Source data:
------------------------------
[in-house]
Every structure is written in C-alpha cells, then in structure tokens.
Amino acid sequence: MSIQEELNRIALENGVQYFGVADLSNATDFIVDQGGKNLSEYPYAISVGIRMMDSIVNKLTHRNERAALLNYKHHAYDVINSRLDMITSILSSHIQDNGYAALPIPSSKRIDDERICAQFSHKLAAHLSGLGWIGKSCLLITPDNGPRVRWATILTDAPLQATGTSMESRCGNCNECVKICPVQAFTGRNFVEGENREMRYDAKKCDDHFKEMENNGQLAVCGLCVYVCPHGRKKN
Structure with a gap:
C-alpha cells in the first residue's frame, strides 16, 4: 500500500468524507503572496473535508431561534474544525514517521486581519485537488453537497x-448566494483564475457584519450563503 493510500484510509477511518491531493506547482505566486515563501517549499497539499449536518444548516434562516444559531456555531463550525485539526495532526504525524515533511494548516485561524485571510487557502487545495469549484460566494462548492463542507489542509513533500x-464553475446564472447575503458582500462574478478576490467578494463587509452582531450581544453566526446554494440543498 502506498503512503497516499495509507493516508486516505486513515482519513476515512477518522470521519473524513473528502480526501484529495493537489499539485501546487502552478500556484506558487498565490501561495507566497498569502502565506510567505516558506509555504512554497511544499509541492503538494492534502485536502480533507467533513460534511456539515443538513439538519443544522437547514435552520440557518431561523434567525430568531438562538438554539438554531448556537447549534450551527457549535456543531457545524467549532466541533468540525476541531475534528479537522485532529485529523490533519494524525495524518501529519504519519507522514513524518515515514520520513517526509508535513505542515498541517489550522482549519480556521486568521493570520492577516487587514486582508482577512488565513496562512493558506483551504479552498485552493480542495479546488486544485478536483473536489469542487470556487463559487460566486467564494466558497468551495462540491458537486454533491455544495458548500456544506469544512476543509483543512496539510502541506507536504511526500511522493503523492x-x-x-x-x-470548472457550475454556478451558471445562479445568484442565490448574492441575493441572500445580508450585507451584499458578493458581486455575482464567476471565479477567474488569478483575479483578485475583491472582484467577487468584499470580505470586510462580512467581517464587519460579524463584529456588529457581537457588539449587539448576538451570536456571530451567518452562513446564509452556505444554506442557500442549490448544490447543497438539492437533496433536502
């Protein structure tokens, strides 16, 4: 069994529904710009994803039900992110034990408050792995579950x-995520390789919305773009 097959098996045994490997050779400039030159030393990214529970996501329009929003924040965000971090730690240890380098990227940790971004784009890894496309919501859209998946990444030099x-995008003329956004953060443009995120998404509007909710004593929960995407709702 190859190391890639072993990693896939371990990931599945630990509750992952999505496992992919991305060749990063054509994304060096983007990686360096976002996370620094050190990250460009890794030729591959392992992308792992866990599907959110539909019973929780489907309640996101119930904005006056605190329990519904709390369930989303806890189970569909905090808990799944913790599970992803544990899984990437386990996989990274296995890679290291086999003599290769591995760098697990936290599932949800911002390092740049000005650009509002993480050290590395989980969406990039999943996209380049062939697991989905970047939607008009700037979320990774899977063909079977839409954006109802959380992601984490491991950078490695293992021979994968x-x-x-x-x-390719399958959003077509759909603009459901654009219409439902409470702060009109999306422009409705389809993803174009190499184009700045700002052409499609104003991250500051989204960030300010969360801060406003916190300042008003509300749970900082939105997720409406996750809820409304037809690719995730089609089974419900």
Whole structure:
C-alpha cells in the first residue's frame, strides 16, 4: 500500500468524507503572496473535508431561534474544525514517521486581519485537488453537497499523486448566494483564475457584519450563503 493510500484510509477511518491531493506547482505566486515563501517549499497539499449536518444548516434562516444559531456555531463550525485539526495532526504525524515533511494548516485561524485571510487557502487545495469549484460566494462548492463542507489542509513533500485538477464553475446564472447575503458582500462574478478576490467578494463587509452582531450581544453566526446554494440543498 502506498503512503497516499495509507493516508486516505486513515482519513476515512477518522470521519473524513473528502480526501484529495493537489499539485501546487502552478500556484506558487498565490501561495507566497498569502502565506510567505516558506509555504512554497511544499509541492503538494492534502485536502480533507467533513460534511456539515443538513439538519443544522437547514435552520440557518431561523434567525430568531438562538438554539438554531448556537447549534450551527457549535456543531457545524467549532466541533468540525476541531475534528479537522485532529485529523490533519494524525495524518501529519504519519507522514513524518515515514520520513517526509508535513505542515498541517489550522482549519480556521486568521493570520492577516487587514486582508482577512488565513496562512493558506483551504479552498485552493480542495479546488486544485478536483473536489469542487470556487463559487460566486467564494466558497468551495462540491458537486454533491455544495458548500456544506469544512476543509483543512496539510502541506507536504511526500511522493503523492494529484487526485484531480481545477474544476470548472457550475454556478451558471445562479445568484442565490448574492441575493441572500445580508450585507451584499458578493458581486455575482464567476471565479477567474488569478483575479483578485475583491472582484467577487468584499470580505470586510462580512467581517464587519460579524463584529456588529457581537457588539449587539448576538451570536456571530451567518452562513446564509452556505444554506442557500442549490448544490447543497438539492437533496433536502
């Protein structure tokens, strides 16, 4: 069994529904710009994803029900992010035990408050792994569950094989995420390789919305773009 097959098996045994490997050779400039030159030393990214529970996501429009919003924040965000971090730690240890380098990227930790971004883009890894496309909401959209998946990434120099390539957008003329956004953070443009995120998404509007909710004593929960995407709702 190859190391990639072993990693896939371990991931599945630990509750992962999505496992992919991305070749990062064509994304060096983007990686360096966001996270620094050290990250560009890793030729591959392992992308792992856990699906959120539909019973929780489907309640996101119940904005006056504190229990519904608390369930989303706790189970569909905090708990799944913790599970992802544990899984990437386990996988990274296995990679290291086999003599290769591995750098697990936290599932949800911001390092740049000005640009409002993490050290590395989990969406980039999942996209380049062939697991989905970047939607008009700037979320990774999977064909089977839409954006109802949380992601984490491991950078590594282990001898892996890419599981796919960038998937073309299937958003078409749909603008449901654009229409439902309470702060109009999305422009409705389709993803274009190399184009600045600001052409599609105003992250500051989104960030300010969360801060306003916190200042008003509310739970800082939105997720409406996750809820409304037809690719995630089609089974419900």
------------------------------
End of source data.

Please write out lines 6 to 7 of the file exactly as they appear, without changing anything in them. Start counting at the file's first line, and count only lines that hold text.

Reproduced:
């Protein structure tokens, strides 16, 4: 069994529904710009994803039900992110034990408050792995579950x-995520390789919305773009 097959098996045994490997050779400039030159030393990214529970996501329009929003924040965000971090730690240890380098990227940790971004784009890894496309919501859209998946990444030099x-995008003329956004953060443009995120998404509007909710004593929960995407709702 190859190391890639072993990693896939371990990931599945630990509750992952999505496992992919991305060749990063054509994304060096983007990686360096976002996370620094050190990250460009890794030729591959392992992308792992866990599907959110539909019973929780489907309640996101119930904005006056605190329990519904709390369930989303806890189970569909905090808990799944913790599970992803544990899984990437386990996989990274296995890679290291086999003599290769591995760098697990936290599932949800911002390092740049000005650009509002993480050290590395989980969406990039999943996209380049062939697991989905970047939607008009700037979320990774899977063909079977839409954006109802959380992601984490491991950078490695293992021979994968x-x-x-x-x-390719399958959003077509759909603009459901654009219409439902409470702060009109999306422009409705389809993803174009190499184009700045700002052409499609104003991250500051989204960030300010969360801060406003916190300042008003509300749970900082939105997720409406996750809820409304037809690719995730089609089974419900």
Whole structure: